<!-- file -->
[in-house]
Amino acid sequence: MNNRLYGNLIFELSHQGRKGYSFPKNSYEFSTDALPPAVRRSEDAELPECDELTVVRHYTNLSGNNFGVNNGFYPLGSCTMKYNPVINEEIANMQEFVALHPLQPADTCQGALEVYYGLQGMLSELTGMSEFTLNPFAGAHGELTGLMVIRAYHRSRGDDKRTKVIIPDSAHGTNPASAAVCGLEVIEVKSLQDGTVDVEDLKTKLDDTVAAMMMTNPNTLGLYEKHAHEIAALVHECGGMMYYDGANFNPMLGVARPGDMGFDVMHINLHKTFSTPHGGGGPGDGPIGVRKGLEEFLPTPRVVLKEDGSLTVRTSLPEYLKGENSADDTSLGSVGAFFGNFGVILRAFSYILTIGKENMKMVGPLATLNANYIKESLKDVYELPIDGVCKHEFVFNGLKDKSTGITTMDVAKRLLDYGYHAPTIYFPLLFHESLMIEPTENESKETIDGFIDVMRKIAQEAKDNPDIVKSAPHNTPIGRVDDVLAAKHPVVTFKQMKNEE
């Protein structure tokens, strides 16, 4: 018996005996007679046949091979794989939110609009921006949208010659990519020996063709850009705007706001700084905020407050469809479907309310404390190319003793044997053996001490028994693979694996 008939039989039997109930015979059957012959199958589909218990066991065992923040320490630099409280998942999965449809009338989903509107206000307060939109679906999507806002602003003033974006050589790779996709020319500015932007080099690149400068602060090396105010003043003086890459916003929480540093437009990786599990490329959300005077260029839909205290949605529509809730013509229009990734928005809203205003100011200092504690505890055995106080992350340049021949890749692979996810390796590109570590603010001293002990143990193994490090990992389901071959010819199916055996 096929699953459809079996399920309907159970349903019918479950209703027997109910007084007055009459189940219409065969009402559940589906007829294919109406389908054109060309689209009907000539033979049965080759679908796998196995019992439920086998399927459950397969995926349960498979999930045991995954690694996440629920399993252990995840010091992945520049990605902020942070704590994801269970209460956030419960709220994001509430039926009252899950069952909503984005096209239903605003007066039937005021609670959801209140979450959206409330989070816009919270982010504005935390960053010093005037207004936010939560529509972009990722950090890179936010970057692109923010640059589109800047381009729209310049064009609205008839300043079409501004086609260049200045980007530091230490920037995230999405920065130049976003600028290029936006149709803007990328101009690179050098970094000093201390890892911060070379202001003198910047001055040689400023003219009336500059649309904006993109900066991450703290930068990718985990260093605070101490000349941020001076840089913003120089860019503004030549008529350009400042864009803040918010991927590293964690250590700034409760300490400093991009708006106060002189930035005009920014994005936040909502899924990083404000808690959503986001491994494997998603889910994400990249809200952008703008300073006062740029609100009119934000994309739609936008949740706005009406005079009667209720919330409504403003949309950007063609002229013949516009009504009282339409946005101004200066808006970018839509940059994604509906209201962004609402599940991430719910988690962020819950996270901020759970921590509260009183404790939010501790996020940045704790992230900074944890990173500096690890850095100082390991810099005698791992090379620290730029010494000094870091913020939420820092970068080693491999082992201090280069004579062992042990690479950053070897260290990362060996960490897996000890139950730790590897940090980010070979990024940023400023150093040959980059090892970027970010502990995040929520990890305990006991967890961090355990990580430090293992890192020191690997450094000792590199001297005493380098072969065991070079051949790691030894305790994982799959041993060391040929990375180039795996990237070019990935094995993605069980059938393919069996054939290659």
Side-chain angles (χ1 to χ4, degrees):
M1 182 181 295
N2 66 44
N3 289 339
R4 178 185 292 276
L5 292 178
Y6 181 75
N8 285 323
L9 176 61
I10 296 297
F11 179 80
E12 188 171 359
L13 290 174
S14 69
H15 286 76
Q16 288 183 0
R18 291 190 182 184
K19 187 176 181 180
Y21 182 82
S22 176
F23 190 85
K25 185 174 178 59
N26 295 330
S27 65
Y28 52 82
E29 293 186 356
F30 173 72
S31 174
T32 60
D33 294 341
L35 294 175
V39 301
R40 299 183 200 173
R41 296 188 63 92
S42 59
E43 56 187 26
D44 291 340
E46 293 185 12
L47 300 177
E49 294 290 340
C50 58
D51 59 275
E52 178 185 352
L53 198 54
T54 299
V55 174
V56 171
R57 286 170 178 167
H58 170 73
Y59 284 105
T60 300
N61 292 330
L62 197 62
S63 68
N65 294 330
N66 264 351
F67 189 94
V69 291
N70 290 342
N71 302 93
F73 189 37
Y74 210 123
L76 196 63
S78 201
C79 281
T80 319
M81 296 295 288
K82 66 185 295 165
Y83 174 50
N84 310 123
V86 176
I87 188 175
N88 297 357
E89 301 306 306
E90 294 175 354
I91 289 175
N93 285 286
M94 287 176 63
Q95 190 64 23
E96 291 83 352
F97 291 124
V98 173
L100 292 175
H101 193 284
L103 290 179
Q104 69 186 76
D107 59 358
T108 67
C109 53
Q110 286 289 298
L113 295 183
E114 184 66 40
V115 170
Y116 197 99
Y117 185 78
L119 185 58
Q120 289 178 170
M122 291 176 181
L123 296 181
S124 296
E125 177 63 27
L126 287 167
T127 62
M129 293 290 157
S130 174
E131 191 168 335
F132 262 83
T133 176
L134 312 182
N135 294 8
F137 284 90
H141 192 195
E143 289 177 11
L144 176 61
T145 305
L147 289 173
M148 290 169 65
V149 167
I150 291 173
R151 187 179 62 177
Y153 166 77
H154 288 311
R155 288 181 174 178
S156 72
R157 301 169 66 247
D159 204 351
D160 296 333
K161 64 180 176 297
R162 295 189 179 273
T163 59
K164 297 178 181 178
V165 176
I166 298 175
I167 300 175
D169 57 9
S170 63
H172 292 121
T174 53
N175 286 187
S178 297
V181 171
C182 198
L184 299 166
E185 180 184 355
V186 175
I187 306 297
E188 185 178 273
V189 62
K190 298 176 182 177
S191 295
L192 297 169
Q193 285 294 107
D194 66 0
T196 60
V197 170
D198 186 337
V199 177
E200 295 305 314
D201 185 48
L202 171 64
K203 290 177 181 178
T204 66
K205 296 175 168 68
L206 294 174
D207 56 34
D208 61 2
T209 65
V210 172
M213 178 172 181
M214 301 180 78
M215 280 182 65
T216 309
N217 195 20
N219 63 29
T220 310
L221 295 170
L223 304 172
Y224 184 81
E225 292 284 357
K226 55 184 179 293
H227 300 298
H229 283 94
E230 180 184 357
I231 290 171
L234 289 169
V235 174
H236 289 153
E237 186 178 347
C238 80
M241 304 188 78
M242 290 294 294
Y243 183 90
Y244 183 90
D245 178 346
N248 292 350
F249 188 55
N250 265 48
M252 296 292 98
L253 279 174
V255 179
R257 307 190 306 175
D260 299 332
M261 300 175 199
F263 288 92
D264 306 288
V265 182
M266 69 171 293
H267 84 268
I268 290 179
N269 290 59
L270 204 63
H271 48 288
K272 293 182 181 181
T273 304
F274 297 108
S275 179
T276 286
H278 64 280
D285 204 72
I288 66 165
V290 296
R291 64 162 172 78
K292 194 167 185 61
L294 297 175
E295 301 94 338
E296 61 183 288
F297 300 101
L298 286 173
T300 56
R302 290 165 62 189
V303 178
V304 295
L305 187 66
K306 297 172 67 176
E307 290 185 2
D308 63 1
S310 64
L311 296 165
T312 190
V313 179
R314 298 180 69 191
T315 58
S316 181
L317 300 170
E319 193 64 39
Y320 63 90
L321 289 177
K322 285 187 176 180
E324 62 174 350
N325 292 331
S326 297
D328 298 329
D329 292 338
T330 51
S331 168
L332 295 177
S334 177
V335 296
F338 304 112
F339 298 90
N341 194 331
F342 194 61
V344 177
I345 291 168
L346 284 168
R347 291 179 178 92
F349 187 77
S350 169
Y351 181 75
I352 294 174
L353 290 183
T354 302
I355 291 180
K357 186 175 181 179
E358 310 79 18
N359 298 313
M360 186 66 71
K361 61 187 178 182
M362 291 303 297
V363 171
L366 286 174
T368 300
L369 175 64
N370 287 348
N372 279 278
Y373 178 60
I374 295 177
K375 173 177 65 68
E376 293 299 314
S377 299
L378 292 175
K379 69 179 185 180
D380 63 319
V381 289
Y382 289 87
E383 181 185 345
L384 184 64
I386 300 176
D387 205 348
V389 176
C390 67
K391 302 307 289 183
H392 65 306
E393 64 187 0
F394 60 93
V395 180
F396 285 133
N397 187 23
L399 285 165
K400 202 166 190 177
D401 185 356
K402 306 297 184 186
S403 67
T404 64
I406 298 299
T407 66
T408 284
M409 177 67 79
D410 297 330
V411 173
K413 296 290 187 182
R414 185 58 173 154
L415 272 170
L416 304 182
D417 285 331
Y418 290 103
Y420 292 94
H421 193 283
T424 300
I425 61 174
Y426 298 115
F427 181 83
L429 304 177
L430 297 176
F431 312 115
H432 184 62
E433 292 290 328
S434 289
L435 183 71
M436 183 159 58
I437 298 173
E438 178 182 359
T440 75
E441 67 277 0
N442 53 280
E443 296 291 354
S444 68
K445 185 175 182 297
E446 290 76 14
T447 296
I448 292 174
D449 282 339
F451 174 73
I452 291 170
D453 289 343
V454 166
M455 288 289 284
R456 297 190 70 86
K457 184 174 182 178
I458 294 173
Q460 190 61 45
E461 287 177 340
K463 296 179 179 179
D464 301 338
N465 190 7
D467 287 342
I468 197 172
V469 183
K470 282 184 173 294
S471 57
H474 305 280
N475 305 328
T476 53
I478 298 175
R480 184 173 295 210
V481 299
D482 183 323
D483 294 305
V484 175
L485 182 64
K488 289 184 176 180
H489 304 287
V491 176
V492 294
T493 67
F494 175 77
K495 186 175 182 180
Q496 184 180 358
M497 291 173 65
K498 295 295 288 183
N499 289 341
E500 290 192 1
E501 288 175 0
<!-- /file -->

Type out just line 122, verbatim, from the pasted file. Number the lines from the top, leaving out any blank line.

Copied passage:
I150 291 173